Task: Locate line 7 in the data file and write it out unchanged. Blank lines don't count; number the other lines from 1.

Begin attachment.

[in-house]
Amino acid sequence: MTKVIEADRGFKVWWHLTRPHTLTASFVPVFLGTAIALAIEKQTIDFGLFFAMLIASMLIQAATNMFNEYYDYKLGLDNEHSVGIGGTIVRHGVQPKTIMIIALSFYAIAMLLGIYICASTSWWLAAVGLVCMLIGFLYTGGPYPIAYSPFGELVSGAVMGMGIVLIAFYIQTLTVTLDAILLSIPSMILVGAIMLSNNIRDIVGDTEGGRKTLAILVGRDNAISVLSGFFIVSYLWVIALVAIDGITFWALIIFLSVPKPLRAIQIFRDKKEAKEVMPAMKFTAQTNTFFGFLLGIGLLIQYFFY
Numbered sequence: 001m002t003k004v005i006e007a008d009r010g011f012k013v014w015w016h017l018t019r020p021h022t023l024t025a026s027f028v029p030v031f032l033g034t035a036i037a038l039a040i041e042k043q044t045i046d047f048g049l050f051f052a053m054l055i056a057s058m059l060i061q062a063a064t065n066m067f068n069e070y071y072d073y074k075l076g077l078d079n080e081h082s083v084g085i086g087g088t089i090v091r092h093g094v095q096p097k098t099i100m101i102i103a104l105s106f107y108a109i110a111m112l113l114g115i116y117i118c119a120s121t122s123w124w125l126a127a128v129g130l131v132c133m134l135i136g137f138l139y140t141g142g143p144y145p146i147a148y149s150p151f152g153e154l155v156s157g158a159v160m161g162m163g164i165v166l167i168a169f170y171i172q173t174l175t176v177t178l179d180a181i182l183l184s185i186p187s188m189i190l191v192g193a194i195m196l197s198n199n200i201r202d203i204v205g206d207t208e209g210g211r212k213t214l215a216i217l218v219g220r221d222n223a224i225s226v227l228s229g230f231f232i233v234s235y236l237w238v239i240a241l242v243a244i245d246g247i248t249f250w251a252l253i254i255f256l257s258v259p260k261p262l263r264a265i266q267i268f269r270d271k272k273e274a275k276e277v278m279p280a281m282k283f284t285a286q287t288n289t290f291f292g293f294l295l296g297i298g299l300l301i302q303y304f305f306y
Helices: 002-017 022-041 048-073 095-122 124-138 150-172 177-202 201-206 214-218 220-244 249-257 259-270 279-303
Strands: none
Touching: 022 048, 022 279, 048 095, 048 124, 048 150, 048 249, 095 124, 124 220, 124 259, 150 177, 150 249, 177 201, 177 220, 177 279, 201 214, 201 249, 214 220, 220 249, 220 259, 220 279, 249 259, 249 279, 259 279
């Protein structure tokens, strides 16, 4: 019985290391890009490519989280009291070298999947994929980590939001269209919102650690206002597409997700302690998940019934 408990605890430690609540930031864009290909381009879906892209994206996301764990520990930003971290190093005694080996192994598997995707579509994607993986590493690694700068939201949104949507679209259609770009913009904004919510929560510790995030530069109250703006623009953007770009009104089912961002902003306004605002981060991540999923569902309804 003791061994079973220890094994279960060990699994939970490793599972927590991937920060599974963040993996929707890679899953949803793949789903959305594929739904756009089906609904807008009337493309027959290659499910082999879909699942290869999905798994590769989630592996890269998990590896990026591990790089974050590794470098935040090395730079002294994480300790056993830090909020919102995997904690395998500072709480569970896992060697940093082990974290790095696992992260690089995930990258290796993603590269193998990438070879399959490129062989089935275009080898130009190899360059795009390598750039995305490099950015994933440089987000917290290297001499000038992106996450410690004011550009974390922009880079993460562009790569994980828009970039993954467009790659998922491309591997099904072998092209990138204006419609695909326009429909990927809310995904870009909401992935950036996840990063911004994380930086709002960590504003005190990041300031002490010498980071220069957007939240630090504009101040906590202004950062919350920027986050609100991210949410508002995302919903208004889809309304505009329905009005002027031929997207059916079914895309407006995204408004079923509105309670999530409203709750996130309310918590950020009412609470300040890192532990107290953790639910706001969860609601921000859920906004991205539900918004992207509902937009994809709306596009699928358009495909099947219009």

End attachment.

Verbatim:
């Protein structure tokens, strides 16, 4: 019985290391890009490519989280009291070298999947994929980590939001269209919102650690206002597409997700302690998940019934 408990605890430690609540930031864009290909381009879906892209994206996301764990520990930003971290190093005694080996192994598997995707579509994607993986590493690694700068939201949104949507679209259609770009913009904004919510929560510790995030530069109250703006623009953007770009009104089912961002902003306004605002981060991540999923569902309804 003791061994079973220890094994279960060990699994939970490793599972927590991937920060599974963040993996929707890679899953949803793949789903959305594929739904756009089906609904807008009337493309027959290659499910082999879909699942290869999905798994590769989630592996890269998990590896990026591990790089974050590794470098935040090395730079002294994480300790056993830090909020919102995997904690395998500072709480569970896992060697940093082990974290790095696992992260690089995930990258290796993603590269193998990438070879399959490129062989089935275009080898130009190899360059795009390598750039995305490099950015994933440089987000917290290297001499000038992106996450410690004011550009974390922009880079993460562009790569994980828009970039993954467009790659998922491309591997099904072998092209990138204006419609695909326009429909990927809310995904870009909401992935950036996840990063911004994380930086709002960590504003005190990041300031002490010498980071220069957007939240630090504009101040906590202004950062919350920027986050609100991210949410508002995302919903208004889809309304505009329905009005002027031929997207059916079914895309407006995204408004079923509105309670999530409203709750996130309310918590950020009412609470300040890192532990107290953790639910706001969860609601921000859920906004991205539900918004992207509902937009994809709306596009699928358009495909099947219009």